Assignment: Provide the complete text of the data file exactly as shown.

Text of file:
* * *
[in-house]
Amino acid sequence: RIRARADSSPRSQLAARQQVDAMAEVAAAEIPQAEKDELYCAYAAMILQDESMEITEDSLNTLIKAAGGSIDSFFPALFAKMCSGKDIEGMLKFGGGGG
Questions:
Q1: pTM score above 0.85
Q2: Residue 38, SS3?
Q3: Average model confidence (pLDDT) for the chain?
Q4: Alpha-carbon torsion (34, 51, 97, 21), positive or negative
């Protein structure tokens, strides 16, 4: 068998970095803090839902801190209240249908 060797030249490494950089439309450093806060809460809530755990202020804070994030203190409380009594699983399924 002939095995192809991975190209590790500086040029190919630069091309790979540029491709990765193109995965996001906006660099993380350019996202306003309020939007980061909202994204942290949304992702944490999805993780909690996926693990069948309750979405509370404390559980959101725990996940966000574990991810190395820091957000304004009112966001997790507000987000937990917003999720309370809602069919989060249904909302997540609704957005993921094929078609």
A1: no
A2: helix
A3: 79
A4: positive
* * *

[in-house]
Amino acid sequence: RIRARADSSPRSQLAARQQVDAMAEVAAAEIPQAEKDELYCAYAAMILQDESMEITEDSLNTLIKAAGGSIDSFFPALFAKMCSGKDIEGMLKFGGGGG
Questions:
Q1: pTM score above 0.85
Q2: Residue 38, SS3?
Q3: Average model confidence (pLDDT) for the chain?
Q4: Alpha-carbon torsion (34, 51, 97, 21), positive or negative
């Protein structure tokens, strides 16, 4: 068998970095803090839902801190209240249908 060797030249490494950089439309450093806060809460809530755990202020804070994030203190409380009594699983399924 002939095995192809991975190209590790500086040029190919630069091309790979540029491709990765193109995965996001906006660099993380350019996202306003309020939007980061909202994204942290949304992702944490999805993780909690996926693990069948309750979405509370404390559980959101725990996940966000574990991810190395820091957000304004009112966001997790507000987000937990917003999720309370809602069919989060249904909302997540609704957005993921094929078609």
A1: no
A2: helix
A3: 79
A4: positive